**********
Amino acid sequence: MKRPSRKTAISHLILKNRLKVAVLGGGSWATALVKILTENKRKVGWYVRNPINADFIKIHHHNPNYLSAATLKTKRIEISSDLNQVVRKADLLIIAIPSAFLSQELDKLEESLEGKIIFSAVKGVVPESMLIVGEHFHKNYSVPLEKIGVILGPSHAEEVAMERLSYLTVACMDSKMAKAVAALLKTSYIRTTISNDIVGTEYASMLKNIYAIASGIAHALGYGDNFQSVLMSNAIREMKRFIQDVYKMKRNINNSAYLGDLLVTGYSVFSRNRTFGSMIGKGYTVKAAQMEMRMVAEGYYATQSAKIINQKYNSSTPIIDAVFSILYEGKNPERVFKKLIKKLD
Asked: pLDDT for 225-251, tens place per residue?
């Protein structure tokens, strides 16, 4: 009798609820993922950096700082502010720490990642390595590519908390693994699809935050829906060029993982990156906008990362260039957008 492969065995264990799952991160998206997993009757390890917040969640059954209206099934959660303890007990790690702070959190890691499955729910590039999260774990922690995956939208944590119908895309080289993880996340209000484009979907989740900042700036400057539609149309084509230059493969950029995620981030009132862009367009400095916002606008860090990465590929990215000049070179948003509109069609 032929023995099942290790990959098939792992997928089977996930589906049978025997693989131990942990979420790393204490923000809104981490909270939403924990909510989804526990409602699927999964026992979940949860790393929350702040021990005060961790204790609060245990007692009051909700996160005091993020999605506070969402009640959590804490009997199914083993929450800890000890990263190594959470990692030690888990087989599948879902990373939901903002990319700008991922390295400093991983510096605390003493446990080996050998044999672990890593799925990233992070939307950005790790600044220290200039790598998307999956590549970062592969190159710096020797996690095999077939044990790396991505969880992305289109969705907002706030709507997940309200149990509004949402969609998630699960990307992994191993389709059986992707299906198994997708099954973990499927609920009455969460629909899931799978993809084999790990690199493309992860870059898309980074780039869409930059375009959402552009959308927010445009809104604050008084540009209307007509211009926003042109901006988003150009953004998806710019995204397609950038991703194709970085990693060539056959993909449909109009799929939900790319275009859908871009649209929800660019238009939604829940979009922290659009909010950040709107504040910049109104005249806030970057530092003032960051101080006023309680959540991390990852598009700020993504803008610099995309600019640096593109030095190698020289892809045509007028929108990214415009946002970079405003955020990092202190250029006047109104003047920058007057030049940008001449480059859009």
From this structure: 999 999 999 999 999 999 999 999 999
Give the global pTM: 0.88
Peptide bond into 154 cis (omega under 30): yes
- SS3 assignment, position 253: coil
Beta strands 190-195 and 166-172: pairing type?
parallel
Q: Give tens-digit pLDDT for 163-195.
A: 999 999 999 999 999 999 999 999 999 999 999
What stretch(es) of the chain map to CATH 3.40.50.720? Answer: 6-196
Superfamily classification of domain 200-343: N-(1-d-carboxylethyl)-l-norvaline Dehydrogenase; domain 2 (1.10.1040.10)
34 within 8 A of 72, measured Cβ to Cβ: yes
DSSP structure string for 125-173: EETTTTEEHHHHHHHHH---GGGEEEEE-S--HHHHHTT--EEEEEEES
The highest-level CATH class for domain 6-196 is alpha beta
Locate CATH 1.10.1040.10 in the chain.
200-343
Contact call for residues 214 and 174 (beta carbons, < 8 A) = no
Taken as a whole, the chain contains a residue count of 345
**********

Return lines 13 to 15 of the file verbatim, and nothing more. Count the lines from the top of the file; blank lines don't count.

Superfamily classification of domain 200-343: N-(1-d-carboxylethyl)-l-norvaline Dehydrogenase; domain 2 (1.10.1040.10)
34 within 8 A of 72, measured Cβ to Cβ: yes
DSSP structure string for 125-173: EETTTTEEHHHHHHHHH---GGGEEEEE-S--HHHHHTT--EEEEEEES